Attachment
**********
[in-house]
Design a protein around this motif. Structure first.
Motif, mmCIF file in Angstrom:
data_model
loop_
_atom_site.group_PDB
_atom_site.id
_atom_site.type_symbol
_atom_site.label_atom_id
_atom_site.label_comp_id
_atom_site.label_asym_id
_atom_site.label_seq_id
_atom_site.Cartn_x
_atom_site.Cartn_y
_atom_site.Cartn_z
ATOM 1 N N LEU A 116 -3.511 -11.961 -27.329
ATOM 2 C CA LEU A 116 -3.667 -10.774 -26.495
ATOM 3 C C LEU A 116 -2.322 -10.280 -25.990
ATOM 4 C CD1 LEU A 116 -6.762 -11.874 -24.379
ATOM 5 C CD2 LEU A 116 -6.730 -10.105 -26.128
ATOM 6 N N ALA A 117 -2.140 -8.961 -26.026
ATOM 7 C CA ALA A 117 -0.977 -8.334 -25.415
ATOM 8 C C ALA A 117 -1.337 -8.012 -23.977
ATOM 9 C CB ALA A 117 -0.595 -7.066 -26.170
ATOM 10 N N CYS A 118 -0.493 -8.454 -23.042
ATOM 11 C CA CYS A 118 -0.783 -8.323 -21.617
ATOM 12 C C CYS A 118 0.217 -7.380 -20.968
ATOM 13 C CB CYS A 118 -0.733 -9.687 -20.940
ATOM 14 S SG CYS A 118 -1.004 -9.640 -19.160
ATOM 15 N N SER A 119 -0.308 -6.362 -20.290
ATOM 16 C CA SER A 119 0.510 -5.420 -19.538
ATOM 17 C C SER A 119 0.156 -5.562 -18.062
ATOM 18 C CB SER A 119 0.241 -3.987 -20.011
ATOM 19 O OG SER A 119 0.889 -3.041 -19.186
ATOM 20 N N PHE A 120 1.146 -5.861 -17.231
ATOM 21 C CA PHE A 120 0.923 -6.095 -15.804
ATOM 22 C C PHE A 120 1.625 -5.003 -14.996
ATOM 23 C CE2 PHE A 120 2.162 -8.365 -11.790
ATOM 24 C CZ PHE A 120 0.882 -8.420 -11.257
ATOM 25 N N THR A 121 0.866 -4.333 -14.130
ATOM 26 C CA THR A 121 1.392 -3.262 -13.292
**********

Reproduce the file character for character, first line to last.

[in-house]
Design a protein around this motif. Structure first.
Motif, mmCIF file in Angstrom:
data_model
loop_
_atom_site.group_PDB
_atom_site.id
_atom_site.type_symbol
_atom_site.label_atom_id
_atom_site.label_comp_id
_atom_site.label_asym_id
_atom_site.label_seq_id
_atom_site.Cartn_x
_atom_site.Cartn_y
_atom_site.Cartn_z
ATOM 1 N N LEU A 116 -3.511 -11.961 -27.329
ATOM 2 C CA LEU A 116 -3.667 -10.774 -26.495
ATOM 3 C C LEU A 116 -2.322 -10.280 -25.990
ATOM 4 C CD1 LEU A 116 -6.762 -11.874 -24.379
ATOM 5 C CD2 LEU A 116 -6.730 -10.105 -26.128
ATOM 6 N N ALA A 117 -2.140 -8.961 -26.026
ATOM 7 C CA ALA A 117 -0.977 -8.334 -25.415
ATOM 8 C C ALA A 117 -1.337 -8.012 -23.977
ATOM 9 C CB ALA A 117 -0.595 -7.066 -26.170
ATOM 10 N N CYS A 118 -0.493 -8.454 -23.042
ATOM 11 C CA CYS A 118 -0.783 -8.323 -21.617
ATOM 12 C C CYS A 118 0.217 -7.380 -20.968
ATOM 13 C CB CYS A 118 -0.733 -9.687 -20.940
ATOM 14 S SG CYS A 118 -1.004 -9.640 -19.160
ATOM 15 N N SER A 119 -0.308 -6.362 -20.290
ATOM 16 C CA SER A 119 0.510 -5.420 -19.538
ATOM 17 C C SER A 119 0.156 -5.562 -18.062
ATOM 18 C CB SER A 119 0.241 -3.987 -20.011
ATOM 19 O OG SER A 119 0.889 -3.041 -19.186
ATOM 20 N N PHE A 120 1.146 -5.861 -17.231
ATOM 21 C CA PHE A 120 0.923 -6.095 -15.804
ATOM 22 C C PHE A 120 1.625 -5.003 -14.996
ATOM 23 C CE2 PHE A 120 2.162 -8.365 -11.790
ATOM 24 C CZ PHE A 120 0.882 -8.420 -11.257
ATOM 25 N N THR A 121 0.866 -4.333 -14.130
ATOM 26 C CA THR A 121 1.392 -3.262 -13.292